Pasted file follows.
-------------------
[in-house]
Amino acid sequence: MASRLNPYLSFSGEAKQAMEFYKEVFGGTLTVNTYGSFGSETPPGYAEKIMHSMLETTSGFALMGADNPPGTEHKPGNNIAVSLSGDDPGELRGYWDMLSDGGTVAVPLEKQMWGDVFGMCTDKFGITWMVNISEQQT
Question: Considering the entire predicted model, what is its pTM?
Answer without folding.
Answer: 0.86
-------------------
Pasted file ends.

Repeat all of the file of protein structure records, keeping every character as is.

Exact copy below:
[in-house]
Amino acid sequence: MASRLNPYLSFSGEAKQAMEFYKEVFGGTLTVNTYGSFGSETPPGYAEKIMHSMLETTSGFALMGADNPPGTEHKPGNNIAVSLSGDDPGELRGYWDMLSDGGTVAVPLEKQMWGDVFGMCTDKFGITWMVNISEQQT
Question: Considering the entire predicted model, what is its pTM?
Answer without folding.
Answer: 0.86